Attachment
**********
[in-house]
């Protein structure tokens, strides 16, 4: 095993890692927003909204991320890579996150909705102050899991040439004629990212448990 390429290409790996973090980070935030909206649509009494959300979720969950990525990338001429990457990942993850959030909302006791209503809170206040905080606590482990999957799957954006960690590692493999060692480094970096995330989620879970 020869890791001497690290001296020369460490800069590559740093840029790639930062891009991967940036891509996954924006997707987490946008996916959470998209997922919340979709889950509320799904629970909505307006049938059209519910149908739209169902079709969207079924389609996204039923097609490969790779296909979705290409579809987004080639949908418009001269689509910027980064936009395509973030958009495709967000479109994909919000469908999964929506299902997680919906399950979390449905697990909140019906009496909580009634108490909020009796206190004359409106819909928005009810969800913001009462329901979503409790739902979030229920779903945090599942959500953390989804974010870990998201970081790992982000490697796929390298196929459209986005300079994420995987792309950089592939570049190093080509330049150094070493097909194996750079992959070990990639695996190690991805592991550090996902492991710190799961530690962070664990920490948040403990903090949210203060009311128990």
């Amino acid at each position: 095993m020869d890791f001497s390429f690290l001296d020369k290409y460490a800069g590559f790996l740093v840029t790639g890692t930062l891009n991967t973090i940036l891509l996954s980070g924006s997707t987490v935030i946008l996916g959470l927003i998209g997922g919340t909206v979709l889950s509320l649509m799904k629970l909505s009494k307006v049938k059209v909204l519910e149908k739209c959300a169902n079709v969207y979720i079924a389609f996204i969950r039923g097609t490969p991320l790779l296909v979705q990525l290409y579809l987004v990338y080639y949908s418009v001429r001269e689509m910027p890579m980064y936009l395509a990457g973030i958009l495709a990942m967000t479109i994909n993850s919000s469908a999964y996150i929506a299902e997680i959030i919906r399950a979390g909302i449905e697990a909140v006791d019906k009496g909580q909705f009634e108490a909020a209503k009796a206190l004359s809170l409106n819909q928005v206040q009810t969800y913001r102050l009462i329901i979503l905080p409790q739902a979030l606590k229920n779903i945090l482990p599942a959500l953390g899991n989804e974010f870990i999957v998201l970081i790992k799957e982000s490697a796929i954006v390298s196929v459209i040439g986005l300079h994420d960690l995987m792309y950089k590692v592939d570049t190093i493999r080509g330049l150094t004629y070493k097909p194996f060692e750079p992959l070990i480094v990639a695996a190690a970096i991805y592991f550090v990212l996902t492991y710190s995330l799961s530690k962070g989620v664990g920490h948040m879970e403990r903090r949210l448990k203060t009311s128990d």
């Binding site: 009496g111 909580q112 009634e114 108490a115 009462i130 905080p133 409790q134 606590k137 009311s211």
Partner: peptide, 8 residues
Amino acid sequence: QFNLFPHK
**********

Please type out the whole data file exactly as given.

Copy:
[in-house]
């Protein structure tokens, strides 16, 4: 095993890692927003909204991320890579996150909705102050899991040439004629990212448990 390429290409790996973090980070935030909206649509009494959300979720969950990525990338001429990457990942993850959030909302006791209503809170206040905080606590482990999957799957954006960690590692493999060692480094970096995330989620879970 020869890791001497690290001296020369460490800069590559740093840029790639930062891009991967940036891509996954924006997707987490946008996916959470998209997922919340979709889950509320799904629970909505307006049938059209519910149908739209169902079709969207079924389609996204039923097609490969790779296909979705290409579809987004080639949908418009001269689509910027980064936009395509973030958009495709967000479109994909919000469908999964929506299902997680919906399950979390449905697990909140019906009496909580009634108490909020009796206190004359409106819909928005009810969800913001009462329901979503409790739902979030229920779903945090599942959500953390989804974010870990998201970081790992982000490697796929390298196929459209986005300079994420995987792309950089592939570049190093080509330049150094070493097909194996750079992959070990990639695996190690991805592991550090996902492991710190799961530690962070664990920490948040403990903090949210203060009311128990």
């Amino acid at each position: 095993m020869d890791f001497s390429f690290l001296d020369k290409y460490a800069g590559f790996l740093v840029t790639g890692t930062l891009n991967t973090i940036l891509l996954s980070g924006s997707t987490v935030i946008l996916g959470l927003i998209g997922g919340t909206v979709l889950s509320l649509m799904k629970l909505s009494k307006v049938k059209v909204l519910e149908k739209c959300a169902n079709v969207y979720i079924a389609f996204i969950r039923g097609t490969p991320l790779l296909v979705q990525l290409y579809l987004v990338y080639y949908s418009v001429r001269e689509m910027p890579m980064y936009l395509a990457g973030i958009l495709a990942m967000t479109i994909n993850s919000s469908a999964y996150i929506a299902e997680i959030i919906r399950a979390g909302i449905e697990a909140v006791d019906k009496g909580q909705f009634e108490a909020a209503k009796a206190l004359s809170l409106n819909q928005v206040q009810t969800y913001r102050l009462i329901i979503l905080p409790q739902a979030l606590k229920n779903i945090l482990p599942a959500l953390g899991n989804e974010f870990i999957v998201l970081i790992k799957e982000s490697a796929i954006v390298s196929v459209i040439g986005l300079h994420d960690l995987m792309y950089k590692v592939d570049t190093i493999r080509g330049l150094t004629y070493k097909p194996f060692e750079p992959l070990i480094v990639a695996a190690a970096i991805y592991f550090v990212l996902t492991y710190s995330l799961s530690k962070g989620v664990g920490h948040m879970e403990r903090r949210l448990k203060t009311s128990d």
């Binding site: 009496g111 909580q112 009634e114 108490a115 009462i130 905080p133 409790q134 606590k137 009311s211």
Partner: peptide, 8 residues
Amino acid sequence: QFNLFPHK